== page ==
Document Type

Thesis

Publication Date

4-2015

Advisor

Aubrey Immelman, Psychology

Abstract

Hardiness is a personal attribute commonly sought in the workplace and greatly valued in students of all ages. This study examined hardiness in relation to stress, happiness, and gender. Ninety undergraduate students from two colleges in the Upper Midwest completed standard surveys on these constructs. It was hypothesized that hardiness would be negatively correlated with stress and positively correlated with happiness. It was also hypothesized that females would report higher hardiness scores than males. The first two hypotheses regarding stress and happiness were tested with bivariate correlations and were found to be significant (p < .01). These results were consistent with previous research findings. The test of the third hypothesis, by means of an independent t-test, unexpectedly revealed—contrary to the hypothesis—that males were hardier than females. Few previous studies have been conducted on the relationship between gender and hardiness. There are limitations in this study, such as sample variability and internal consistency levels, which hinder its external validity.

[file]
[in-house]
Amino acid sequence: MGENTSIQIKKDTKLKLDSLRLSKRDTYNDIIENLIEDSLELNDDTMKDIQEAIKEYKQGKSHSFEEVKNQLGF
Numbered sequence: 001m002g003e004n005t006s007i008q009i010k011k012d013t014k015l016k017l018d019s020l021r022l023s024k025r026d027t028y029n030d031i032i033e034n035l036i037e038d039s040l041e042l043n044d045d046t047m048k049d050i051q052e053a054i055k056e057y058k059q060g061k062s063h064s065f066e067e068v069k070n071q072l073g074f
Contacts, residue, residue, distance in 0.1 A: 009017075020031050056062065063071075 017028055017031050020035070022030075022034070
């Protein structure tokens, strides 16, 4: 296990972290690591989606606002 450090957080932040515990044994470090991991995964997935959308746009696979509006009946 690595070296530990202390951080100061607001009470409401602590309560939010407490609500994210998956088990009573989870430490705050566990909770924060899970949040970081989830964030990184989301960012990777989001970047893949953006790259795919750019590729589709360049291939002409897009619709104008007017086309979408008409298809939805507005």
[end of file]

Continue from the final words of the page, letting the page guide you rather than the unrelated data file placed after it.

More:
Included in

Psychology Commons

Share

COinS